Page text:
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The Hebrides islands and Western coastal mountains of Scotland were once part of the ancient kingdom of Dalriada. The name Brisbing was born there, as a nickname for a person who had sustained a broken bone. This surname derived from the Old French word, briser, which means to break, and the Old English word, bn, which means bone. This was also a nickname, given to a person who was often involved in fights, which resulted in the breaking of bones. Members of the Brisbing family were found in the county of Renfrew (now part of the Strathclyde region), in Scotland, where the family can trace its origin to shortly after the Norman Conquest, in 1066.

Early Origins of the Brisbing family


The surname Brisbing was first found in Renfrewshire (Gaelic: Siorrachd Rinn Fri), a historic county of Scotland, today encompassing the Council Areas of Renfrew, East Renfrewshire, and Iverclyde, in the Strathclyde region of southwestern Scotland. Probably the first of the name in Scotland was William Brisbone, whose name appears on a list of archers sent from Berwick to Roxburgh in 1298. Thomas Brisbane or de Birsbane had a charter in Aberdeenshire from Robert I. [1]CITATION[CLOSE]
Black, George F., The Surnames of Scotland Their Origin, Meaning and History. New York: New York Public Library, 1946. Print. (ISBN 0-87104-172-3)

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Early History of the Brisbing family

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Early History of the Brisbing family


This web page shows only a small excerpt of our Brisbing research.
Another 151 words (11 lines of text) covering the years 1332 and 1706 are included under the topic Early Brisbing History in all our PDF Extended History products and printed products wherever possible.

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Brisbing Spelling Variations

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Brisbing Spelling Variations


Translation in medieval times was an undeveloped science and was often carried out without due care. For this reason, many early Scottish names appeared radically altered when written in English. The spelling variations of Brisbing include Brisbane, Brisbine, Birsbain, Birsbaine, Brisblane, Birsben, Brisbin, Birsban and many more.

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Early Notables of the Brisbing family (pre 1700)

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Early Notables of the Brisbing family (pre 1700)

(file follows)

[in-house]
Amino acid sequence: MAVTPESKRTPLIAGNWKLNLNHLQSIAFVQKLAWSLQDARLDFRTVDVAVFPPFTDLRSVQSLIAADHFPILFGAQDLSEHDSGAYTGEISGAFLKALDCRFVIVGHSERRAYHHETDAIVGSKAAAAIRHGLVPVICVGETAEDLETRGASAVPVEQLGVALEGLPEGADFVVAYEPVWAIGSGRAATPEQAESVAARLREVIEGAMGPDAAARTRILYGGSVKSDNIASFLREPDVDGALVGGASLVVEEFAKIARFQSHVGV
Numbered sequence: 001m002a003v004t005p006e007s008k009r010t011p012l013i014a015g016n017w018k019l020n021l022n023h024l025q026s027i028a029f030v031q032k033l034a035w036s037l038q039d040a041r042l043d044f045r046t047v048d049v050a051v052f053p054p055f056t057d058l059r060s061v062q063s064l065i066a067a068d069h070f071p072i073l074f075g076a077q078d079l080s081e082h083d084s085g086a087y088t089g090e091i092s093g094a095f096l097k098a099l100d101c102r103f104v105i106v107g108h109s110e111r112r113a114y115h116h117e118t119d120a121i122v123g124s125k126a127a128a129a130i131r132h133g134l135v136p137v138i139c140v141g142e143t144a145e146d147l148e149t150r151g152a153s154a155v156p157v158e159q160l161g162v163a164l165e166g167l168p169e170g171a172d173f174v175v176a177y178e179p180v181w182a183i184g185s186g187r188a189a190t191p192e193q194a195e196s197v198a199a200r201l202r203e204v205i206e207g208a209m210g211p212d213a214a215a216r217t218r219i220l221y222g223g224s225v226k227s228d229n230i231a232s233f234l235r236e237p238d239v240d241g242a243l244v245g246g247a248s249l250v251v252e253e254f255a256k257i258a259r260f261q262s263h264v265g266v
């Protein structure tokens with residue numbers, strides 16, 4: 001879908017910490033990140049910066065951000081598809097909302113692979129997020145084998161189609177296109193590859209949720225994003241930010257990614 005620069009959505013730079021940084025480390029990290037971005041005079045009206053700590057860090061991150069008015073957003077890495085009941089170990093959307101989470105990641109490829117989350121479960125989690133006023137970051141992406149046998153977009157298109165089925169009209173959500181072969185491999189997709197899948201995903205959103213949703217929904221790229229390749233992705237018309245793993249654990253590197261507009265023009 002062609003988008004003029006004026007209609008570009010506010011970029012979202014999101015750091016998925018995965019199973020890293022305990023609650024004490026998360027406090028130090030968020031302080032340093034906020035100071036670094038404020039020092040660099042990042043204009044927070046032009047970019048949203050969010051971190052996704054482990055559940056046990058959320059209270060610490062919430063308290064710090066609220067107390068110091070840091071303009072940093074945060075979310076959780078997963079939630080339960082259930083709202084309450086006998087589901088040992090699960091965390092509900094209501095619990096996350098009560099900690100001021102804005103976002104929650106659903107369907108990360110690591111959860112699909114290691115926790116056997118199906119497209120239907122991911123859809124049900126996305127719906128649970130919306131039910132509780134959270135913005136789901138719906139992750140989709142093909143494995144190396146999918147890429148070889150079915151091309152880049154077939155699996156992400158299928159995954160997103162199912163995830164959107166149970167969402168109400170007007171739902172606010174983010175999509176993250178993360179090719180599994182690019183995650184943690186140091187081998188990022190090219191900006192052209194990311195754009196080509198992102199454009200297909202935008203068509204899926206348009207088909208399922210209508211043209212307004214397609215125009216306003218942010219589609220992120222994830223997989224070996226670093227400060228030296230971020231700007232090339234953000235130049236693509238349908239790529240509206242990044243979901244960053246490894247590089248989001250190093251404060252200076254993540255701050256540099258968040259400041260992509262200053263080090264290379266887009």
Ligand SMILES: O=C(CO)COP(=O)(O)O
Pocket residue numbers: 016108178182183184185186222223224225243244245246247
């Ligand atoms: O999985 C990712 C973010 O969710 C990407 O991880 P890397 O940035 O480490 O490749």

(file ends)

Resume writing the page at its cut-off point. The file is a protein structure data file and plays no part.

Another 29 words (2 lines of text) are included under the topic Early Brisbing Notables in all our PDF Extended History products and printed products wherever possible.

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Migration of the Brisbing family to the New World and Oceana

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Migration of the Brisbing family to the New World and Oceana


Many of the ancestors of Dalriadan families who arrived in North America still live in communities along the east coast of Canada and the United States. In the American War of Independence many of the original settlers traveled north to Canada as United Empire Loyalists. In the late 19th and early 20th centuries the ancestors of many Scots began recovering their collective national heritage through Clan societies, highland games, and other patriotic events. Research into the origins of individual families in North America revealed records of the immigration of a number of people bearing the name Brisbing or a variant listed above: Margaret Brisben arrived in Maryland in 1664; John Brisban arrived in New York in 1819; Mrs. Brisbane with two children who landed in New Orleans in 1822..

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The Brisbing Motto

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The Brisbing Motto


The motto was originally a war cry or slogan. Mottoes first began to be shown with arms in the 14th and 15th centuries, but were not in general use until the 17th century. Thus the oldest coats of arms generally do not include a motto. Mottoes seldom form part of the grant of arms: Under most heraldic authorities, a motto is an optional component of the coat of arms, and can be added to or changed at will; many families have chosen not to display a motto.

Motto: Certamine summo
Motto Translation: In the battle's height.


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Brisbing Family Crest Products

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Brisbing Family Crest Products



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See Also

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See Also



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Citations

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Citations


  1. ^ Black, George F., The Surnames of Scotland Their Origin, Meaning and History. New York: New York Public Library, 1946. Print. (ISBN 0-87104-172-3)

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